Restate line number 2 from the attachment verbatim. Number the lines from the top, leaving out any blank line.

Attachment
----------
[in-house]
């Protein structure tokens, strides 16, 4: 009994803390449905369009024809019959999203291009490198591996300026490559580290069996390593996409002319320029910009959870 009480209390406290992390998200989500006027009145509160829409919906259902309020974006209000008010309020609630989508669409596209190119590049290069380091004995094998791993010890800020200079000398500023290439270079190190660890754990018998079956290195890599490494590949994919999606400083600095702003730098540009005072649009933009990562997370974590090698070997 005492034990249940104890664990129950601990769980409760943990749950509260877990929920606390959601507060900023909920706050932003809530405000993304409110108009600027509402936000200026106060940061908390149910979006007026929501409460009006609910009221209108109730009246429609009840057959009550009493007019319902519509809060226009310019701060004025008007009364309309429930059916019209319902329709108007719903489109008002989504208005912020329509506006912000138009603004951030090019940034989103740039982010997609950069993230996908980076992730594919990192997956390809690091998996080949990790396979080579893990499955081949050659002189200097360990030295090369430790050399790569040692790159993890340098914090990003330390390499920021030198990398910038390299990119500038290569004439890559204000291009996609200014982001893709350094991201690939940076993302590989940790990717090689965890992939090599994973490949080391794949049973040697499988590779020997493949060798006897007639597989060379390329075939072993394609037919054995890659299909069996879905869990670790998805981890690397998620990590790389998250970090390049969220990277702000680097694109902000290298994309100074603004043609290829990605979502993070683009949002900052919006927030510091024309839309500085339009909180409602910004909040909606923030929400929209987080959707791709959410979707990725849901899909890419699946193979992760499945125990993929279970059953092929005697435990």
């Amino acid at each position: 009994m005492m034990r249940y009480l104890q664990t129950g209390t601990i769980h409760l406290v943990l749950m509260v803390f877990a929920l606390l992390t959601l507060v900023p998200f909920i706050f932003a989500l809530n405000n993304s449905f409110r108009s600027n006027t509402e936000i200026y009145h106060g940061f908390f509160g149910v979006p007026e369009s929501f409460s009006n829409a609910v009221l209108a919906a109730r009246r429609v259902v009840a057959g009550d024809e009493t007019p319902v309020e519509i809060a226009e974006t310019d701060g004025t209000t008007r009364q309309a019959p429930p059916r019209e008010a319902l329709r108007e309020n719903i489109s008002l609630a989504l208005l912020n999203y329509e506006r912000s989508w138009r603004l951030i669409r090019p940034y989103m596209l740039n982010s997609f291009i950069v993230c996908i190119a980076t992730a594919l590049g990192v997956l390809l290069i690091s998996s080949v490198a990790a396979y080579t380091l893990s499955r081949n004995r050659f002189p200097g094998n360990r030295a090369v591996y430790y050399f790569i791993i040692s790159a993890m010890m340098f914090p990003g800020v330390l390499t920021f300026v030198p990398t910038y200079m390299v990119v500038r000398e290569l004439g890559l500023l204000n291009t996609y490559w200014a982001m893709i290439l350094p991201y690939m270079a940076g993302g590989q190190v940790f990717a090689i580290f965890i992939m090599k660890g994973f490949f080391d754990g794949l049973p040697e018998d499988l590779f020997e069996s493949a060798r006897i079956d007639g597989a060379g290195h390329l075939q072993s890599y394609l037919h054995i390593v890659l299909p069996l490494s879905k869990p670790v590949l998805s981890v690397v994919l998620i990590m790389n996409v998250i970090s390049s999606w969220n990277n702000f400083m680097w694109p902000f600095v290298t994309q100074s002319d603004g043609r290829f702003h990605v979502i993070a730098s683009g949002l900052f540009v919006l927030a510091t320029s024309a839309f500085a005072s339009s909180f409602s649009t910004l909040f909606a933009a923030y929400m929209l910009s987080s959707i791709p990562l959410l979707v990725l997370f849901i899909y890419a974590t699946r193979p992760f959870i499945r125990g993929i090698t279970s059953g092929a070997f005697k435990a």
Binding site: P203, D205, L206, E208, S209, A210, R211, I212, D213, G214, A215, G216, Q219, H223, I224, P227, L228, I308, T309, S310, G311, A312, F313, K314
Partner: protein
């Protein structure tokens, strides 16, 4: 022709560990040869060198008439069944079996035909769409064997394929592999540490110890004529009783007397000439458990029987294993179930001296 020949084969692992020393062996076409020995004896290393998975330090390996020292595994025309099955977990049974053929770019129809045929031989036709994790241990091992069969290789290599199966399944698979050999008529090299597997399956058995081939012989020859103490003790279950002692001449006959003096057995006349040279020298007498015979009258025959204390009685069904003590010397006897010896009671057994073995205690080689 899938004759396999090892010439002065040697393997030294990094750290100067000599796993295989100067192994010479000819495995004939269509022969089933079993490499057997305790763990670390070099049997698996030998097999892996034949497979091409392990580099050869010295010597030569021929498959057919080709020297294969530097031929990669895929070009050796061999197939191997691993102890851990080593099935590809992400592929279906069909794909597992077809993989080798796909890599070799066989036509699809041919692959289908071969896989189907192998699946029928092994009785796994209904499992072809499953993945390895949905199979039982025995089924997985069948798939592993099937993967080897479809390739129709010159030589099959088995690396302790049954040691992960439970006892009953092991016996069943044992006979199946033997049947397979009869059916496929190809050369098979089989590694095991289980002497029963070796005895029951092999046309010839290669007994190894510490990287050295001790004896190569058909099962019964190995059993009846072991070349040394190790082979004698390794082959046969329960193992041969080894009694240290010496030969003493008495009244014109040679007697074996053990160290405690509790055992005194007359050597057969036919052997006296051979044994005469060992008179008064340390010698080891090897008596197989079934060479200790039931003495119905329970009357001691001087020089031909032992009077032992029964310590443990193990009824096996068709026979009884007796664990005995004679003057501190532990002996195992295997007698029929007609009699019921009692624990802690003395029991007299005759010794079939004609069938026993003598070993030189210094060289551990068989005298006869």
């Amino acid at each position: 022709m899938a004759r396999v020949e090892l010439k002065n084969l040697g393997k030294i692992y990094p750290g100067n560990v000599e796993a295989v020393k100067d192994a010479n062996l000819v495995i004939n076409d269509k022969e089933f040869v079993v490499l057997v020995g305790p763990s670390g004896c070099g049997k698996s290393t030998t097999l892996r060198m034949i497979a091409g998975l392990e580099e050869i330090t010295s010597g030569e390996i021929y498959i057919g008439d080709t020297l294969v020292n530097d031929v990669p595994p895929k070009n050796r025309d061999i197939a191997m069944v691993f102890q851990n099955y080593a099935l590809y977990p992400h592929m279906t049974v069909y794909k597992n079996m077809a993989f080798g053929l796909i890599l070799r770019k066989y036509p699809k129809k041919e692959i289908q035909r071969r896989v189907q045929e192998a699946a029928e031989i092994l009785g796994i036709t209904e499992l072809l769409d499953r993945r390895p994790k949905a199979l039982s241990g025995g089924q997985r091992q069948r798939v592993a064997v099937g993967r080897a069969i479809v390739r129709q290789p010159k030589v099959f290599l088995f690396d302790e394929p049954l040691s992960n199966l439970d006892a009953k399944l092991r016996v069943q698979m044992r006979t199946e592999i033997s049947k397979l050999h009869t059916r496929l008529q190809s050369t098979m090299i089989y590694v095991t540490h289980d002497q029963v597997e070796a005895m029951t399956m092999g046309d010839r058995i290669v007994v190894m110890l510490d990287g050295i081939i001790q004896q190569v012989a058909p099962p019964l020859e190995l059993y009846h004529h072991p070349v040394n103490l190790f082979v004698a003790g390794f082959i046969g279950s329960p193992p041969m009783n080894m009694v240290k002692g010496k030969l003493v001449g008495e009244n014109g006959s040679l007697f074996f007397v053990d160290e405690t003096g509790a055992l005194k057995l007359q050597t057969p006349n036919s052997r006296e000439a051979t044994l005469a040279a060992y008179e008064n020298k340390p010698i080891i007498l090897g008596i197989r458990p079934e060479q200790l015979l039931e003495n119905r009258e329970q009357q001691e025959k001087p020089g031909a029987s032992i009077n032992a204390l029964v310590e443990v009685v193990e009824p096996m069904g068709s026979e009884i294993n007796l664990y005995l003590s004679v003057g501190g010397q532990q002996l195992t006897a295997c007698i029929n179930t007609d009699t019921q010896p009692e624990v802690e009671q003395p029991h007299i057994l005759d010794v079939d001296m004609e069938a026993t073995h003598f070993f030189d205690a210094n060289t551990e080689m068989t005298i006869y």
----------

């Protein structure tokens, strides 16, 4: 009994803390449905369009024809019959999203291009490198591996300026490559580290069996390593996409002319320029910009959870 009480209390406290992390998200989500006027009145509160829409919906259902309020974006209000008010309020609630989508669409596209190119590049290069380091004995094998791993010890800020200079000398500023290439270079190190660890754990018998079956290195890599490494590949994919999606400083600095702003730098540009005072649009933009990562997370974590090698070997 005492034990249940104890664990129950601990769980409760943990749950509260877990929920606390959601507060900023909920706050932003809530405000993304409110108009600027509402936000200026106060940061908390149910979006007026929501409460009006609910009221209108109730009246429609009840057959009550009493007019319902519509809060226009310019701060004025008007009364309309429930059916019209319902329709108007719903489109008002989504208005912020329509506006912000138009603004951030090019940034989103740039982010997609950069993230996908980076992730594919990192997956390809690091998996080949990790396979080579893990499955081949050659002189200097360990030295090369430790050399790569040692790159993890340098914090990003330390390499920021030198990398910038390299990119500038290569004439890559204000291009996609200014982001893709350094991201690939940076993302590989940790990717090689965890992939090599994973490949080391794949049973040697499988590779020997493949060798006897007639597989060379390329075939072993394609037919054995890659299909069996879905869990670790998805981890690397998620990590790389998250970090390049969220990277702000680097694109902000290298994309100074603004043609290829990605979502993070683009949002900052919006927030510091024309839309500085339009909180409602910004909040909606923030929400929209987080959707791709959410979707990725849901899909890419699946193979992760499945125990993929279970059953092929005697435990």